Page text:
Wednesday, May 19, 2010

In Search of 54: Update

A couple months ago, I did a back-of-the-envelope calculation which caused me to claim that Texas may have executed 54 innocent people. Soon thereafter, I vowed to review all 450 (now 451) lethal injections in Texas to see if I could identify those 54.

I used a coarse filter to rapidly exclude from consideration most of those who were executed. I do not dispute that most of the people executed were in fact guilty of a capital offense. I then designed and applied an Actual Innocence Scorecard to more carefully consider the remaining 69. I summarize below the ones I have scored so far.

Melvin Wayne White, 0

Awaiting Execution:
Delma Banks, 57


Summing the scores of those executed, I claim so far to have identified 4.5 innocents executed. Note that my counting is decimal rather than binary. I have yet to claim that any one individual was absolutely innocent. I do argue, however, that if Texas executes 10 people, each having a 90% chance of being factually innocent, then Texas has likely executed 9 factually innocent people.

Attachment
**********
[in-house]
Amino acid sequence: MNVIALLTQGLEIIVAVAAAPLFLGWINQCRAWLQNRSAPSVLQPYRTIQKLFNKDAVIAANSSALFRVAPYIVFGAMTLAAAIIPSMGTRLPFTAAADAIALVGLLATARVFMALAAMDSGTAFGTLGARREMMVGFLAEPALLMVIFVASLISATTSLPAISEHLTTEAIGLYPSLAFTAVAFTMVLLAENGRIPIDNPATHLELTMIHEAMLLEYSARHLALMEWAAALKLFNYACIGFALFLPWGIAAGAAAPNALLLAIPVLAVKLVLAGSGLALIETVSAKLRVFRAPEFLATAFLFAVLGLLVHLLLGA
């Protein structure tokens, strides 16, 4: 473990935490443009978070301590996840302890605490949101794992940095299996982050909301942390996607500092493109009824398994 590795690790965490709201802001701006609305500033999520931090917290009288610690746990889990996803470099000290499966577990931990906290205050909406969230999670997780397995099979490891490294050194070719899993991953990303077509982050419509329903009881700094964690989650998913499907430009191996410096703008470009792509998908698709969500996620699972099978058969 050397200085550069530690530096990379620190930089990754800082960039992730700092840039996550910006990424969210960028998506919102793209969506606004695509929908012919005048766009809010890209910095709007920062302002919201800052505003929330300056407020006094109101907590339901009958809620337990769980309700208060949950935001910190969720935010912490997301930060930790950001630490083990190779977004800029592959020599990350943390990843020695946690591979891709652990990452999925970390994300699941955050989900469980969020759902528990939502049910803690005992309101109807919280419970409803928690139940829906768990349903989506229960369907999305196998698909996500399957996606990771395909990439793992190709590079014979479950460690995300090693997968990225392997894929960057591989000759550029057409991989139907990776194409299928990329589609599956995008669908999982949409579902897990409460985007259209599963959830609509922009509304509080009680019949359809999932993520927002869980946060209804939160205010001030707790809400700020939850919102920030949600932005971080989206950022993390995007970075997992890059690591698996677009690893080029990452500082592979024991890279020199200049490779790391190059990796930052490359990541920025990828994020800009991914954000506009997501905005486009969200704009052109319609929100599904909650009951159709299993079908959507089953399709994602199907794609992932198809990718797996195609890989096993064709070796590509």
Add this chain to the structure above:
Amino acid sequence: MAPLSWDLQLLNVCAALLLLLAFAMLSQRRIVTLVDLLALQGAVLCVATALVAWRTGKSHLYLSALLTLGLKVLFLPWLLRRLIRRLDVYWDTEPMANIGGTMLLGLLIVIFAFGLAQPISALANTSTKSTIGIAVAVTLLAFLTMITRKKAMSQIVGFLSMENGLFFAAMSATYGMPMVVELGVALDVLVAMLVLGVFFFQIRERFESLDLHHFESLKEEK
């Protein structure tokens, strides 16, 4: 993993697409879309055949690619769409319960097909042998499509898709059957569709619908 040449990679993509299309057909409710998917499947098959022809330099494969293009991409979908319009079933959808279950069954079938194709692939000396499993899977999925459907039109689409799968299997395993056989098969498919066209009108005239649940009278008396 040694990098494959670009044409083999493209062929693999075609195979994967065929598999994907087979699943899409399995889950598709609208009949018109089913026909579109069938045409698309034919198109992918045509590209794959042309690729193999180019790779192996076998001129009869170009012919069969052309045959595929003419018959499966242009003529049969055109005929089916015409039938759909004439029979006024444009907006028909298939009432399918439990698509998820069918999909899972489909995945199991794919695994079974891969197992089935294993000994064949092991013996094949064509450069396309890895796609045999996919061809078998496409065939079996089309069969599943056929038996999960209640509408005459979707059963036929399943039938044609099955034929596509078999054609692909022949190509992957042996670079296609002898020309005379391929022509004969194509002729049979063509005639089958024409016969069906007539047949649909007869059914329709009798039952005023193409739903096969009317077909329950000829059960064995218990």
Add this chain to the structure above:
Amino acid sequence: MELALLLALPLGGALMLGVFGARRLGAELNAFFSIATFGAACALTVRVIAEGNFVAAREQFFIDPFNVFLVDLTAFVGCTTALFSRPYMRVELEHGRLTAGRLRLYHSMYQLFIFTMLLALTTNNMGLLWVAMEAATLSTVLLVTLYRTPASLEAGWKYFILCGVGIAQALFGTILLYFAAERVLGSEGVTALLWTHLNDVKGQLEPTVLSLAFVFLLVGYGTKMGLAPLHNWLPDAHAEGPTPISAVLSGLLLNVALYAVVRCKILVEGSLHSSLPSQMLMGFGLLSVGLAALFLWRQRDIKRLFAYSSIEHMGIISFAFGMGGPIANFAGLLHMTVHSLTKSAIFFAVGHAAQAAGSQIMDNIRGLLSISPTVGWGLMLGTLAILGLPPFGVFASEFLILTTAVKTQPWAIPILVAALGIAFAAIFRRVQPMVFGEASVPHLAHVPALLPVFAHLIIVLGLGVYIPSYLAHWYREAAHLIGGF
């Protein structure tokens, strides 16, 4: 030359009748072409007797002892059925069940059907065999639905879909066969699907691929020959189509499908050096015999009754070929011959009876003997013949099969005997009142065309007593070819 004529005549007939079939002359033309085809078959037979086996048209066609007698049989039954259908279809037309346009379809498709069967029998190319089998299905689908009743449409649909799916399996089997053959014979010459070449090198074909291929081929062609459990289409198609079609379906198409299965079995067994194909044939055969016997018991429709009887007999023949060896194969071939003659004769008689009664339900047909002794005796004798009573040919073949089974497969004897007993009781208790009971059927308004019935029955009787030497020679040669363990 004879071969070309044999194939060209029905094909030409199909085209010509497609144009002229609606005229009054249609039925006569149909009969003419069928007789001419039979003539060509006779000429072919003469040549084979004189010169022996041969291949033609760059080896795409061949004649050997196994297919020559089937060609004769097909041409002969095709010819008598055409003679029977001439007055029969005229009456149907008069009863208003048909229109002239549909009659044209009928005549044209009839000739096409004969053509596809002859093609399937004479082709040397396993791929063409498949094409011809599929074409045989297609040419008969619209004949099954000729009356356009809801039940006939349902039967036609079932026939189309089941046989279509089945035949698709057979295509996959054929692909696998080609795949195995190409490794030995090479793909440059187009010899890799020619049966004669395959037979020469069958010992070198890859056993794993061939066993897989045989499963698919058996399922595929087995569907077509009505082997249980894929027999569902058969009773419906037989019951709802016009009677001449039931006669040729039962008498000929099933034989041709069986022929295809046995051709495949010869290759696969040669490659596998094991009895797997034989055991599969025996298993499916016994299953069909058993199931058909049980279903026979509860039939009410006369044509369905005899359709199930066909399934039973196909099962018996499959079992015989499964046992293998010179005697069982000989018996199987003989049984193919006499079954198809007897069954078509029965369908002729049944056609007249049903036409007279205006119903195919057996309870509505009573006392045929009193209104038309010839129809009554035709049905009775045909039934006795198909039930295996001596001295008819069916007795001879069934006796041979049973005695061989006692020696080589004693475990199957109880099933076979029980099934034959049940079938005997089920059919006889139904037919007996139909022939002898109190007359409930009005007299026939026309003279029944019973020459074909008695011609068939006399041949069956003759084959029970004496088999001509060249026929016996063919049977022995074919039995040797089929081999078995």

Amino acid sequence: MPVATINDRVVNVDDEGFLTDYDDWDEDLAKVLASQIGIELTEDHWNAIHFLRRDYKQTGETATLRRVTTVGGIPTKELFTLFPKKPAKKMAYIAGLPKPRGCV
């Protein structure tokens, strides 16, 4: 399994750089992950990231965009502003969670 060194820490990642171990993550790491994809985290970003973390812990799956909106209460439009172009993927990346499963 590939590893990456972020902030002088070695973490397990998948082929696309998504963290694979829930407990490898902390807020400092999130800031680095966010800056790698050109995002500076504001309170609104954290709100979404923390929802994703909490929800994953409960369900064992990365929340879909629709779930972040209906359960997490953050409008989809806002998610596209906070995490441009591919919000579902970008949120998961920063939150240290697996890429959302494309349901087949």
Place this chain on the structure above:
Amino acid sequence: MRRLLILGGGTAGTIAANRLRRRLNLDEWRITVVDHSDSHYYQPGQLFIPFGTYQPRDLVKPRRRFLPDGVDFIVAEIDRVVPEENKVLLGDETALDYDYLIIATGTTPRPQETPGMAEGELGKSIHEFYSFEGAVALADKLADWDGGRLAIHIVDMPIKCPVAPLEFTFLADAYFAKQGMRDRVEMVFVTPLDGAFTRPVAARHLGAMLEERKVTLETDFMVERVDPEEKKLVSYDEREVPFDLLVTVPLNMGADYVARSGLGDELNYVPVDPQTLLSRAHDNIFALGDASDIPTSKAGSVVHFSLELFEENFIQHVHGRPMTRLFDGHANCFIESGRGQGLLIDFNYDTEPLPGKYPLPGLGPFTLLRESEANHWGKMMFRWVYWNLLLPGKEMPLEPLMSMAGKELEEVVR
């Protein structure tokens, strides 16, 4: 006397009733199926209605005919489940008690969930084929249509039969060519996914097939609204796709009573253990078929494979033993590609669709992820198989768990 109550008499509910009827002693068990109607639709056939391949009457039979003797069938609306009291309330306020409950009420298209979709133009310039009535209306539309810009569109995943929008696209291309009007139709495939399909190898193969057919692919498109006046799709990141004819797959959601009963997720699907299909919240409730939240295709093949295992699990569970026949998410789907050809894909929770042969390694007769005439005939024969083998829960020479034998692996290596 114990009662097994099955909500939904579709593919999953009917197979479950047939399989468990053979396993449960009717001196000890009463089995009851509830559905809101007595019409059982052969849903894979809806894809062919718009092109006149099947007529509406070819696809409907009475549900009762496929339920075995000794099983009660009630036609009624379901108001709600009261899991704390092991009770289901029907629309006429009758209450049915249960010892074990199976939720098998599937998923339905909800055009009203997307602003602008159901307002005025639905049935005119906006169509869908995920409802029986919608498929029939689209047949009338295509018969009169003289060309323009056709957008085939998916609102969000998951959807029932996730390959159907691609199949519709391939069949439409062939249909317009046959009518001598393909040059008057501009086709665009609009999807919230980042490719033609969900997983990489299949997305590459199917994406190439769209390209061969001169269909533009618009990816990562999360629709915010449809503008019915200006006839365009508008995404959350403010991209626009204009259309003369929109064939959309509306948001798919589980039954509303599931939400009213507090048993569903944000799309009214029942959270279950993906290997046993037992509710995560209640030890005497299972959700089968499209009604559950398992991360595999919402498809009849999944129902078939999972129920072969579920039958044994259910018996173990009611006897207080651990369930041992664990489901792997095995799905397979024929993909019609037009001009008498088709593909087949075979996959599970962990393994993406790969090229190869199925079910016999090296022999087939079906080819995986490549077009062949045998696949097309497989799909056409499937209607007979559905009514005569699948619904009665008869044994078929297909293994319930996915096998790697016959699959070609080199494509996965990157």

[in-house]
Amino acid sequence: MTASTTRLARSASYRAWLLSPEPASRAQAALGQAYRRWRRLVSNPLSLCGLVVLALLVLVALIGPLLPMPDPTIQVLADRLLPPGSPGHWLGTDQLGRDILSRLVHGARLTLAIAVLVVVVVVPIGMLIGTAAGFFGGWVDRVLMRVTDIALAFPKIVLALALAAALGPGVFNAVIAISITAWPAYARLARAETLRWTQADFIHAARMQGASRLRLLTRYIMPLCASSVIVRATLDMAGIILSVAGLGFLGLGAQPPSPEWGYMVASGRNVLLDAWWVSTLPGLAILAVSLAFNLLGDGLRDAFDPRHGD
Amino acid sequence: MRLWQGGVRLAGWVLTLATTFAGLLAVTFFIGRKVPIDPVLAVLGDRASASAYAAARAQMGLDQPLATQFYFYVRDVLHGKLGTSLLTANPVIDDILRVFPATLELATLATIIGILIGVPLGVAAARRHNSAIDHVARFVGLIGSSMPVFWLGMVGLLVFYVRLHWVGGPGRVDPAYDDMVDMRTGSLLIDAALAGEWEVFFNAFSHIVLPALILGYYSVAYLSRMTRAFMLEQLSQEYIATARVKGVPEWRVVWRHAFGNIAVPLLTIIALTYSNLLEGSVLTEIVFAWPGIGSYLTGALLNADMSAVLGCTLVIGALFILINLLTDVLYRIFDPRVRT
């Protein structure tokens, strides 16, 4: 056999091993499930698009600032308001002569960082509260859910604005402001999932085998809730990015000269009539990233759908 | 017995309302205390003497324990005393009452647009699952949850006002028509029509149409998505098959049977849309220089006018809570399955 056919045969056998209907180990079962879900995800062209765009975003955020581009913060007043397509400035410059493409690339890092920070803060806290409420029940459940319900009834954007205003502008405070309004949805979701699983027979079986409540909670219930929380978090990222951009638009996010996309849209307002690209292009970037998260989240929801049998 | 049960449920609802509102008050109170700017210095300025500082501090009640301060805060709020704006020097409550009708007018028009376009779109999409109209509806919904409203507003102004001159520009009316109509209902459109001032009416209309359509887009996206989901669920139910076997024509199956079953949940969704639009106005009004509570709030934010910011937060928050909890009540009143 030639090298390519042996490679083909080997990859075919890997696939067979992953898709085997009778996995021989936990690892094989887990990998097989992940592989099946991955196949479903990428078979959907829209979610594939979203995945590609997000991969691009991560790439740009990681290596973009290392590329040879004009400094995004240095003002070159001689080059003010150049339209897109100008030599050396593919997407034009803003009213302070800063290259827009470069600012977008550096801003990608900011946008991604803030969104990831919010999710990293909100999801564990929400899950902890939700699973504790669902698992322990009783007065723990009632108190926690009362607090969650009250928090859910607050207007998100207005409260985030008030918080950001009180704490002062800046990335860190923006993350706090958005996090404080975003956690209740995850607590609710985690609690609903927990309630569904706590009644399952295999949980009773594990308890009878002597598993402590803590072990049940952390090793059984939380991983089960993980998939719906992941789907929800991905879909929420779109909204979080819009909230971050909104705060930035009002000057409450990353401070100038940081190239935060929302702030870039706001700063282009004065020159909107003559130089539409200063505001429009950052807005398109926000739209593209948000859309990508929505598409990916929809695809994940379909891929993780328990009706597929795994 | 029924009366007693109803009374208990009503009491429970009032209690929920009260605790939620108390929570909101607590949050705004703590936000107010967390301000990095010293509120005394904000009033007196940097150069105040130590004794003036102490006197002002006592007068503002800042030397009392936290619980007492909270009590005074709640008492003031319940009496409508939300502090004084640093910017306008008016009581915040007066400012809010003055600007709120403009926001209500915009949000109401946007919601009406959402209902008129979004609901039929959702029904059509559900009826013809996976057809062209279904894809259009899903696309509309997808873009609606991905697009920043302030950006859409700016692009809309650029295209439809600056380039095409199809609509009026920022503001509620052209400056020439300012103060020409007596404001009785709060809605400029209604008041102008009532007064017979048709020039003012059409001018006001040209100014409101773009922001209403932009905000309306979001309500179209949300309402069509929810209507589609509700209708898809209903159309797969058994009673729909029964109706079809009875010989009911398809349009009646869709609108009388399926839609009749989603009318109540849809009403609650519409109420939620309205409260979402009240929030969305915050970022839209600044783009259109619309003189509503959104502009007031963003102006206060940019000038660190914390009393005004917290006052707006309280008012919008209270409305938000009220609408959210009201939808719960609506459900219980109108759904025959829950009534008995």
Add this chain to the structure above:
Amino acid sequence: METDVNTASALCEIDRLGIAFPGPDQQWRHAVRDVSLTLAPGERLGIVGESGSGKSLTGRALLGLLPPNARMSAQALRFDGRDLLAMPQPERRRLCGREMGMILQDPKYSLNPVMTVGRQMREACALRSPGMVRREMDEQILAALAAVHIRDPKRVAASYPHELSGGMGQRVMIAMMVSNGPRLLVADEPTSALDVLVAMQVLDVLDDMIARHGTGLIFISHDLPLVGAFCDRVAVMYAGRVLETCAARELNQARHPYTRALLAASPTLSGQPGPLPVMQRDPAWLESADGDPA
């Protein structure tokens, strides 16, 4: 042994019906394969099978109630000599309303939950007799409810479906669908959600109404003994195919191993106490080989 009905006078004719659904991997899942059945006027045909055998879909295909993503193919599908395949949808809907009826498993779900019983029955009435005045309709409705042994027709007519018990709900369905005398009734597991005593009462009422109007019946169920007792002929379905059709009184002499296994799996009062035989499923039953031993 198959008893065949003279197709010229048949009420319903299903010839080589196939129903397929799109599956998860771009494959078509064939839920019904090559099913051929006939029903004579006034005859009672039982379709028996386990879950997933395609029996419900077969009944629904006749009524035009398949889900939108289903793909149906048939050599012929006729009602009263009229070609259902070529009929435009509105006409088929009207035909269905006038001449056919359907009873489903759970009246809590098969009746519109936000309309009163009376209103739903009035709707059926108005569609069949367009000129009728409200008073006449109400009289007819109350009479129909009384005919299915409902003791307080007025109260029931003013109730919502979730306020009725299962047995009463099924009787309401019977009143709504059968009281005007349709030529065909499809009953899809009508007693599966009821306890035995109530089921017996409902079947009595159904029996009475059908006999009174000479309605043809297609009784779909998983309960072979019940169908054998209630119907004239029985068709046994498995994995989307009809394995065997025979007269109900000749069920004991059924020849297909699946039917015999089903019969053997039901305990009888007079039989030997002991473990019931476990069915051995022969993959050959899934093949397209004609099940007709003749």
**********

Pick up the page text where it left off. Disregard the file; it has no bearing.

Notice that my decimal scoring is more conservative than careless binary counting, at least for those most likely to be innocent. Each of the first 7 people on the list have been declared innocent or probably innocent in various sites. A careless binary counter might count 7 people as wrongfully executed based simply on claims of a third party. I count 4.5 after a substantially more thorough review and analysis.

Now, as promised, an interesting observation. In each case where I have scored the person as having more than a 50% chance of actual innocence, there has been a viable (indeed likely) alternate culprit. In each case where I have scored the person below 50, there is no viable alternate culprit.

That surprised me when I realized the Alternate Culprit section of my Actual Innocence Scorecard has so far been a perfect predictor of likely actual innocence. Had the authorities pursued the alternative culprits, or not paid them with time off for their testimony, or not hidden their presence from the jury, I think it is likely Texas would have executed at least 5 fewer people.

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